Teachers often view student failure as something to be avoided. Whether they're attempting to match texts to readers' skill levels (not too hard, not too easy), or front-loading copious amounts of information in advance of a task, teachers use various strategies to try to spare their students too much struggle.
But what if we're wrong? What if struggle is an inherent part of learning, and removing it interferes with mastery?
Mathematics researcher Manu Kapur (2016) has developed the theory of productive struggle—that attempting to perform a task and initially failing can improve learning. Productive struggle, as Kapur envisions it, occurs in two phases. First, students are given a problem or task that they probably can't solve, and they're encouraged to speculate about possible solutions and experiment. Next, after their initial failed attempts, they receive instruction that will assist them in successfully completing the task, and they are encouraged to try again. In Kapur's studies, students scored better in conceptual knowledge if they were taught in a productive struggle condition than if they were taught conventionally. Giving students opportunities to fail forward resulted in deeper learning.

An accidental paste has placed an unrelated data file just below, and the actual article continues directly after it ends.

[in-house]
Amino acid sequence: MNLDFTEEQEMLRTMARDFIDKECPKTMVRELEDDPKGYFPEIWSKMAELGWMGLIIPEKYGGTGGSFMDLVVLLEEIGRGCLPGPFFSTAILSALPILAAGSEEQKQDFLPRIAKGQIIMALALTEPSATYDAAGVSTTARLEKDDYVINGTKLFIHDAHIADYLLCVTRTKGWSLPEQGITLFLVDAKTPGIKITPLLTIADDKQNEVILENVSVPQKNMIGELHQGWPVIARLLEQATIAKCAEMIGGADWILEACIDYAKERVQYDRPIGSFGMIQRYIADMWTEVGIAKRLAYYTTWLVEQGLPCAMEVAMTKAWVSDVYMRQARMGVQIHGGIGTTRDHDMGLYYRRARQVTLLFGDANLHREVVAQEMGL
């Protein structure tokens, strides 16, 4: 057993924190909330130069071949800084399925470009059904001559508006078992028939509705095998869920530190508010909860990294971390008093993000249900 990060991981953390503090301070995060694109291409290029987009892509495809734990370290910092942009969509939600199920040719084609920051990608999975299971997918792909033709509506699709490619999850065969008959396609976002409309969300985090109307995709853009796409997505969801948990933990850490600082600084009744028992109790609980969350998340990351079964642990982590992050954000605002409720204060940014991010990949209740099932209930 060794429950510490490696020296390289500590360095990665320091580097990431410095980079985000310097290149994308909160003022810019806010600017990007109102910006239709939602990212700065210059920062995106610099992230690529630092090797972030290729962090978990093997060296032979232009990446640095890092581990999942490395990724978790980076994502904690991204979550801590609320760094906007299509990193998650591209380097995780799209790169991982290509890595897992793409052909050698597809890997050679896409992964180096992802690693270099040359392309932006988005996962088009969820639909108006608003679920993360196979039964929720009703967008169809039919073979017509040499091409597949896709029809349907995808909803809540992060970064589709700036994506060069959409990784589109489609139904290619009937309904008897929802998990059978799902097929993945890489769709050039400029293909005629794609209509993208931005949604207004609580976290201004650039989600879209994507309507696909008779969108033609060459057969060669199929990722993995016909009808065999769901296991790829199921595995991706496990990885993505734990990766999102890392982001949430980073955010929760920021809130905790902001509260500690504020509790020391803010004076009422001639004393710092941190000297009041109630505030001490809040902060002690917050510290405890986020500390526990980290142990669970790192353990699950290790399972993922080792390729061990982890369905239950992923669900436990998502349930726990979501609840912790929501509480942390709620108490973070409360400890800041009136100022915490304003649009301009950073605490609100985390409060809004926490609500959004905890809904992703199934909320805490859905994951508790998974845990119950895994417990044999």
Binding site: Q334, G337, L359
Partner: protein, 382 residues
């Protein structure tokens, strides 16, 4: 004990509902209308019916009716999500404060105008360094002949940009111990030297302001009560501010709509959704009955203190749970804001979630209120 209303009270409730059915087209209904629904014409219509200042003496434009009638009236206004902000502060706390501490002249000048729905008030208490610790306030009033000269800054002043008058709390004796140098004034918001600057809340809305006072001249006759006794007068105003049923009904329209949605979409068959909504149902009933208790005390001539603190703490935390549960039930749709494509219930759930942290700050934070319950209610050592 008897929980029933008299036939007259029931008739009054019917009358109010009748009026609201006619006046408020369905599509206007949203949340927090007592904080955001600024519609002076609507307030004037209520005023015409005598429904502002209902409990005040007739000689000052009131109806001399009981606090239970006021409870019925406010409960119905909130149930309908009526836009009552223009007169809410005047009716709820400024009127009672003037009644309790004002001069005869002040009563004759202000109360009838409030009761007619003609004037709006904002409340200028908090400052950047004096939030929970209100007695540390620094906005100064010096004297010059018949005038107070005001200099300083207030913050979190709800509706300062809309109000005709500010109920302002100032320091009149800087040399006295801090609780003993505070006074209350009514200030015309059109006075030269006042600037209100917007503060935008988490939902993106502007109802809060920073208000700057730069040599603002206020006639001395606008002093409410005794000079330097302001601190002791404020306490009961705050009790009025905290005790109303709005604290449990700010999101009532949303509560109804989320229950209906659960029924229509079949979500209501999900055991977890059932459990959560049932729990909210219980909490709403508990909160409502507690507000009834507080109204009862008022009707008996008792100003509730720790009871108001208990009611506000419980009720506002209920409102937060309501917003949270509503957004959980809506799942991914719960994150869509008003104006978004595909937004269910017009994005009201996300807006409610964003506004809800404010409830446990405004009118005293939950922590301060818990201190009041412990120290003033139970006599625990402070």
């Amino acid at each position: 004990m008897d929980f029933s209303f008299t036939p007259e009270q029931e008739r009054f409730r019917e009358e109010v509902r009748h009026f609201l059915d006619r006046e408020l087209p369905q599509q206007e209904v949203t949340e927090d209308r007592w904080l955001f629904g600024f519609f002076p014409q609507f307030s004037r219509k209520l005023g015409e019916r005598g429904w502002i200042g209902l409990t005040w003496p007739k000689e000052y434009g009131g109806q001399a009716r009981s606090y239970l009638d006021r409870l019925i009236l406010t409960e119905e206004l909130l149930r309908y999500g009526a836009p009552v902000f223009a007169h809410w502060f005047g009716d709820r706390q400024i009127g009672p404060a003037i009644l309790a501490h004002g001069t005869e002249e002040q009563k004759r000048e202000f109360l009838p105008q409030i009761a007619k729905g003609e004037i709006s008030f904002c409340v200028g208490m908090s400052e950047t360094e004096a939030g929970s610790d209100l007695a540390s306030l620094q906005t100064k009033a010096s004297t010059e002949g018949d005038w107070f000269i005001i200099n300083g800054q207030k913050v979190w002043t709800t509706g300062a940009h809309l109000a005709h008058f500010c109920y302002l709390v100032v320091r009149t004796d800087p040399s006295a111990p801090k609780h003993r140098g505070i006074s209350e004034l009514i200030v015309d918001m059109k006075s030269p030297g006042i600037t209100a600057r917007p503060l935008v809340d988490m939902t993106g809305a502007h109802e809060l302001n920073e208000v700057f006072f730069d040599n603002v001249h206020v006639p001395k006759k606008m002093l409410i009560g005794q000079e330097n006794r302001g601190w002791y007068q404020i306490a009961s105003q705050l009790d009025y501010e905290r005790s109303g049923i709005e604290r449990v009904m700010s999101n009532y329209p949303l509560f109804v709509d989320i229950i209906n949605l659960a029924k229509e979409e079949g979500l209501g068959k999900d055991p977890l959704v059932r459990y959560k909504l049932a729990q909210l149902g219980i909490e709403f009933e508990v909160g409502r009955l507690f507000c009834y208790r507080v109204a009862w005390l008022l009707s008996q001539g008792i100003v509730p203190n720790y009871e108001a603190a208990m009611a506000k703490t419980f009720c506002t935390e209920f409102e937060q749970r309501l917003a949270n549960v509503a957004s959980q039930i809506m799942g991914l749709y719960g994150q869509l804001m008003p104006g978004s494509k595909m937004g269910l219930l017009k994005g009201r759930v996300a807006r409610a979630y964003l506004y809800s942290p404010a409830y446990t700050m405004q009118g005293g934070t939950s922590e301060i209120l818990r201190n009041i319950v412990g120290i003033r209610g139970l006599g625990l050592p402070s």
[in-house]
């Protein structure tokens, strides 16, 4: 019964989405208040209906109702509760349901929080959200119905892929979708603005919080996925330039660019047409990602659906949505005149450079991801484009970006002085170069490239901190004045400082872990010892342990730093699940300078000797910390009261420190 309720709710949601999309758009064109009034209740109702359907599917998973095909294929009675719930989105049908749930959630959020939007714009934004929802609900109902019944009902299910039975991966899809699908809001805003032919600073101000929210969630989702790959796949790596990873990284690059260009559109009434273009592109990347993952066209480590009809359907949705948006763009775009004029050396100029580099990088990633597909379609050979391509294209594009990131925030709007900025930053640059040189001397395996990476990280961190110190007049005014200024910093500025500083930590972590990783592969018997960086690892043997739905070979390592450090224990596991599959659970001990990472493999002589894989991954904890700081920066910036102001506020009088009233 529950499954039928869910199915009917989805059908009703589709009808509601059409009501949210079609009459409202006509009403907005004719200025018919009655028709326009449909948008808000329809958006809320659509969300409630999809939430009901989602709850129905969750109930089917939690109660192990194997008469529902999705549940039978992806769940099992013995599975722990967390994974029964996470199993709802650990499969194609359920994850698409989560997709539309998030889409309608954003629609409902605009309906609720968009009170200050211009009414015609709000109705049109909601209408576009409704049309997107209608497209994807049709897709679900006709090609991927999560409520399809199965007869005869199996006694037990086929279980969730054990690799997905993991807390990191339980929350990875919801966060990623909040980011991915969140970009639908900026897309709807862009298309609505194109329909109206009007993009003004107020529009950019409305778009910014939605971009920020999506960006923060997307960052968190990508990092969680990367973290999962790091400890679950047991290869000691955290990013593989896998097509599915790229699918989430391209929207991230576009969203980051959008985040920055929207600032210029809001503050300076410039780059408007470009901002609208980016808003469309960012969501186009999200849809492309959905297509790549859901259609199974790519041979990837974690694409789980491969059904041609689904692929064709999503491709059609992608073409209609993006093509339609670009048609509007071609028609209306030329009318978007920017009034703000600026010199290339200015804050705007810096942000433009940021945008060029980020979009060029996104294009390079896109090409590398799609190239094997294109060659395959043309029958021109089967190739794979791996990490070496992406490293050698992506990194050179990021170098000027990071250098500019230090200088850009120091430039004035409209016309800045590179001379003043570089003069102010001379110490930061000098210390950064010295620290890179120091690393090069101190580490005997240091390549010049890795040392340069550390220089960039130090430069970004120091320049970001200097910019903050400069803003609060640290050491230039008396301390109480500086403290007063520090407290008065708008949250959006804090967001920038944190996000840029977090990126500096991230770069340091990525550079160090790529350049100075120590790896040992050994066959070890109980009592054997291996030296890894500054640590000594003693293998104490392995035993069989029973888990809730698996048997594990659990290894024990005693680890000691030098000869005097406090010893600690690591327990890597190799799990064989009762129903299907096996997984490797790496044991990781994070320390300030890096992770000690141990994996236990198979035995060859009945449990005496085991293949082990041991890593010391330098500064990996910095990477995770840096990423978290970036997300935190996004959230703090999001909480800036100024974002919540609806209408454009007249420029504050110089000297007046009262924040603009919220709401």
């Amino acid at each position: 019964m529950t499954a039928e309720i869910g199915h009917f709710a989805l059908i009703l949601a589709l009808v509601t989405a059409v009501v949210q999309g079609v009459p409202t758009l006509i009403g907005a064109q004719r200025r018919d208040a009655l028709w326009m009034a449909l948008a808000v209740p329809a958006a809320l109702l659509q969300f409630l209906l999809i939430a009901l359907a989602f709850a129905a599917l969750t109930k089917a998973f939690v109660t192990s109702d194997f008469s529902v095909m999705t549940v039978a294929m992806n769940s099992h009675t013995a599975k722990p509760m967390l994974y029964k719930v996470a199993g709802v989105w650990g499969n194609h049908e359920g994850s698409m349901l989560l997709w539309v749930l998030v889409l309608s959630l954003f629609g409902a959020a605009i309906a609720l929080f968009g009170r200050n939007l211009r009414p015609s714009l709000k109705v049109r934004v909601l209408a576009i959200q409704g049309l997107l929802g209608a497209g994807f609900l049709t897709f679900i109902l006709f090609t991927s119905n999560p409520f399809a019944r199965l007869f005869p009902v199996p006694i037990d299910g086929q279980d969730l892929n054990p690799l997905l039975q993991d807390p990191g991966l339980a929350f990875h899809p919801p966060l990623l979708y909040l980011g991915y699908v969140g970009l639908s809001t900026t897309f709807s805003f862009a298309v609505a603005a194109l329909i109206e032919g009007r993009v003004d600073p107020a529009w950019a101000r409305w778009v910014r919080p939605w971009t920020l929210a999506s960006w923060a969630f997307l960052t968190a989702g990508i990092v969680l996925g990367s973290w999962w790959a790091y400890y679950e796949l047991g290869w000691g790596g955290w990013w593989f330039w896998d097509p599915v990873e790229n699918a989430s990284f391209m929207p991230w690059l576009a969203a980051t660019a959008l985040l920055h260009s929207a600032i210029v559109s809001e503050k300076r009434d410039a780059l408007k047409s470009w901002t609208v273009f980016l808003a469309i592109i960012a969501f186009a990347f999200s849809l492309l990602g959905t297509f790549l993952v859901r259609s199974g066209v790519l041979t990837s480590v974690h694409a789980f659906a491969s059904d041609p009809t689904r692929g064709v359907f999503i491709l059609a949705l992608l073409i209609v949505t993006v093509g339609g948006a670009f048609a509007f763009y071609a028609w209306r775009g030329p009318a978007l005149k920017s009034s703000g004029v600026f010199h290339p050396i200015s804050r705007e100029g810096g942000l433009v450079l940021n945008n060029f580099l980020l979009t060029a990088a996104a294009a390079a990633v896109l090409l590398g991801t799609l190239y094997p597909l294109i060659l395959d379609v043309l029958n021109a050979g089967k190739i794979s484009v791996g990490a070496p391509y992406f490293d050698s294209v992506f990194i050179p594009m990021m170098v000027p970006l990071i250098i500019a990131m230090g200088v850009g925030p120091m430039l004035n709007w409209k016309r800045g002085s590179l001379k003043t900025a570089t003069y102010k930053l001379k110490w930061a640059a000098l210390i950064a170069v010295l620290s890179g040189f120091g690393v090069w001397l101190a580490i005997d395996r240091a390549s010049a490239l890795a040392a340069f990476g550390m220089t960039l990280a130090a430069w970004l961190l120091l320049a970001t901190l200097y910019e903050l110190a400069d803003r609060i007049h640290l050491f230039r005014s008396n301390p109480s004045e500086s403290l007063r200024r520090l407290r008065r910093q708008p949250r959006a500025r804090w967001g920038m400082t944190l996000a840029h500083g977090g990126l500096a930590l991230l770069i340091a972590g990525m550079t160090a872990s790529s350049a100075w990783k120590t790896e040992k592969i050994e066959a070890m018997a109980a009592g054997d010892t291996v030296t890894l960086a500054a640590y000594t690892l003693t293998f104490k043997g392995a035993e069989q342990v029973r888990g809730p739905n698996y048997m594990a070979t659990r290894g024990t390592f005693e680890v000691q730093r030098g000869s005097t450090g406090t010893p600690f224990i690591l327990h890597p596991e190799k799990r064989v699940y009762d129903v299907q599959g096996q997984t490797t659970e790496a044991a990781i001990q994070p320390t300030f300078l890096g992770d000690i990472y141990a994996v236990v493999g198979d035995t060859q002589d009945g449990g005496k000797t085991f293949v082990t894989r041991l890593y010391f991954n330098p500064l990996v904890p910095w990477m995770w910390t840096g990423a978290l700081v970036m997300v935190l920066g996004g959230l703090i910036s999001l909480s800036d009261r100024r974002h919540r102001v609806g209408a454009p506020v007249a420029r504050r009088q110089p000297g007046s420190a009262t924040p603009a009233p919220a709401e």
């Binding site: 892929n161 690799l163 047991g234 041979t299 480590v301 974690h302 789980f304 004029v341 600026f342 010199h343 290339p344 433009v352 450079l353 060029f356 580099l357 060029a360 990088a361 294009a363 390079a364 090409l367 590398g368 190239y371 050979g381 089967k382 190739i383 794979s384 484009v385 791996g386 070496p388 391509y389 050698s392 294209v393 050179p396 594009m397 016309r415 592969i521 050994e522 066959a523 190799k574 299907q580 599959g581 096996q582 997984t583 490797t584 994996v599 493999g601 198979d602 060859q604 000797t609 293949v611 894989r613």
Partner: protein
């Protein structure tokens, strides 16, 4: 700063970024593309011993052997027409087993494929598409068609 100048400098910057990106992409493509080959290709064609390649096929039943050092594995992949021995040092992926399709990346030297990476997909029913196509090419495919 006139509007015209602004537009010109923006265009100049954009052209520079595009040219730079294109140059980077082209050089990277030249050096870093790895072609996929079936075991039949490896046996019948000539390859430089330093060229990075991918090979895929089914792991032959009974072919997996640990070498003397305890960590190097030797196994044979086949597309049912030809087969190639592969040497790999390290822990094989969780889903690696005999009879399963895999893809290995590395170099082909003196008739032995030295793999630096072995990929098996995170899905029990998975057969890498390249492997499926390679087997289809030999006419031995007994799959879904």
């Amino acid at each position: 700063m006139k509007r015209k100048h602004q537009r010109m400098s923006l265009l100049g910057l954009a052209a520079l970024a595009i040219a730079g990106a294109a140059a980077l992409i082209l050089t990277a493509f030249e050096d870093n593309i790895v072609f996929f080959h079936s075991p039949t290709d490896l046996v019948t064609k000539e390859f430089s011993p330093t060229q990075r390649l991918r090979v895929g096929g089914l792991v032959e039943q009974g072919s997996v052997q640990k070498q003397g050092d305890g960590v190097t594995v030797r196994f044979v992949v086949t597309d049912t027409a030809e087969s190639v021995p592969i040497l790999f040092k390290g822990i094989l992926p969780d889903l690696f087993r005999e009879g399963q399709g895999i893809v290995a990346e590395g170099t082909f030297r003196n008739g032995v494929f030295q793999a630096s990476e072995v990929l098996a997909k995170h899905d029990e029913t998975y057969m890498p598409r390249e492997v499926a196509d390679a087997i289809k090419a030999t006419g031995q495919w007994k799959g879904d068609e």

- Douglas Fisher and Nancy Frey, Show & Tell: A Video Column / The Importance of Struggle - Educational Leadership, May 2017 | Volume 74 | Number 8
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